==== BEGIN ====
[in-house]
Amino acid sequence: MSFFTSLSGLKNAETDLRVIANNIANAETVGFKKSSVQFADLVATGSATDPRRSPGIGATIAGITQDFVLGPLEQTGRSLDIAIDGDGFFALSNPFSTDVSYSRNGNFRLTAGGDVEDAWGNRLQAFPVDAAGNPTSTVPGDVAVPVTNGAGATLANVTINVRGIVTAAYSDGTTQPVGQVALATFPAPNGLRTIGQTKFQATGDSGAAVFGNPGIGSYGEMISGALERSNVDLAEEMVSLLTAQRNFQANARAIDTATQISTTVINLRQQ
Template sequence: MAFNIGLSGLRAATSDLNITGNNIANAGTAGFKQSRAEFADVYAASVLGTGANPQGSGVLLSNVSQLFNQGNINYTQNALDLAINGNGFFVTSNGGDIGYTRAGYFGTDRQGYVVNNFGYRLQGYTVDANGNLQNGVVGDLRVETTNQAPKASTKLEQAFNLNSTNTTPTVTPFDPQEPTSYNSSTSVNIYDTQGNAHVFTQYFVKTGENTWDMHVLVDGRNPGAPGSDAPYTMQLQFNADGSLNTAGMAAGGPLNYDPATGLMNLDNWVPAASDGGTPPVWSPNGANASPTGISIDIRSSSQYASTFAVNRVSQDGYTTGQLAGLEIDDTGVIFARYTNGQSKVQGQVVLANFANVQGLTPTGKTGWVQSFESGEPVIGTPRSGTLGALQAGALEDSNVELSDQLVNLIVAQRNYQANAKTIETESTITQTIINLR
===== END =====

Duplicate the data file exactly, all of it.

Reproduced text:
[in-house]
Amino acid sequence: MSFFTSLSGLKNAETDLRVIANNIANAETVGFKKSSVQFADLVATGSATDPRRSPGIGATIAGITQDFVLGPLEQTGRSLDIAIDGDGFFALSNPFSTDVSYSRNGNFRLTAGGDVEDAWGNRLQAFPVDAAGNPTSTVPGDVAVPVTNGAGATLANVTINVRGIVTAAYSDGTTQPVGQVALATFPAPNGLRTIGQTKFQATGDSGAAVFGNPGIGSYGEMISGALERSNVDLAEEMVSLLTAQRNFQANARAIDTATQISTTVINLRQQ
Template sequence: MAFNIGLSGLRAATSDLNITGNNIANAGTAGFKQSRAEFADVYAASVLGTGANPQGSGVLLSNVSQLFNQGNINYTQNALDLAINGNGFFVTSNGGDIGYTRAGYFGTDRQGYVVNNFGYRLQGYTVDANGNLQNGVVGDLRVETTNQAPKASTKLEQAFNLNSTNTTPTVTPFDPQEPTSYNSSTSVNIYDTQGNAHVFTQYFVKTGENTWDMHVLVDGRNPGAPGSDAPYTMQLQFNADGSLNTAGMAAGGPLNYDPATGLMNLDNWVPAASDGGTPPVWSPNGANASPTGISIDIRSSSQYASTFAVNRVSQDGYTTGQLAGLEIDDTGVIFARYTNGQSKVQGQVVLANFANVQGLTPTGKTGWVQSFESGEPVIGTPRSGTLGALQAGALEDSNVELSDQLVNLIVAQRNYQANAKTIETESTITQTIINLR